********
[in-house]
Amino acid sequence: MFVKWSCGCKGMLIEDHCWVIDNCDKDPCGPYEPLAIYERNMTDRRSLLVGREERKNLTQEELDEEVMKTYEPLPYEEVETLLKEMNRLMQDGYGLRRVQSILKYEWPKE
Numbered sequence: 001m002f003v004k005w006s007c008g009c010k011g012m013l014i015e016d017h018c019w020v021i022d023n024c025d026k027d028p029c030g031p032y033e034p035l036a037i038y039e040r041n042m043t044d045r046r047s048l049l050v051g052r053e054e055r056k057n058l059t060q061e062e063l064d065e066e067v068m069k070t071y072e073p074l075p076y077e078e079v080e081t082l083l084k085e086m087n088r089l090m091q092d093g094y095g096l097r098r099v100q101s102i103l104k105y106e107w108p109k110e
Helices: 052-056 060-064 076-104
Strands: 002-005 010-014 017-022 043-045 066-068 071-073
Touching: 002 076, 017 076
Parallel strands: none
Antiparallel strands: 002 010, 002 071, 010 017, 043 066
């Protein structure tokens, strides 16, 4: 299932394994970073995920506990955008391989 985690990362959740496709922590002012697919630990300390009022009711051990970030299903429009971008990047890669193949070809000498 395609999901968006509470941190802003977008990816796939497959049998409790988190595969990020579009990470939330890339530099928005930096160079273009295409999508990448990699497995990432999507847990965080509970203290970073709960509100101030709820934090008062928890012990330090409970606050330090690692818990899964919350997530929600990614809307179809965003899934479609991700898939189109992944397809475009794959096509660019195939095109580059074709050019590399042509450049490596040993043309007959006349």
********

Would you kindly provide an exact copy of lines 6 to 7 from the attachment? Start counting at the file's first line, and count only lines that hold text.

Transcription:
Touching: 002 076, 017 076
Parallel strands: none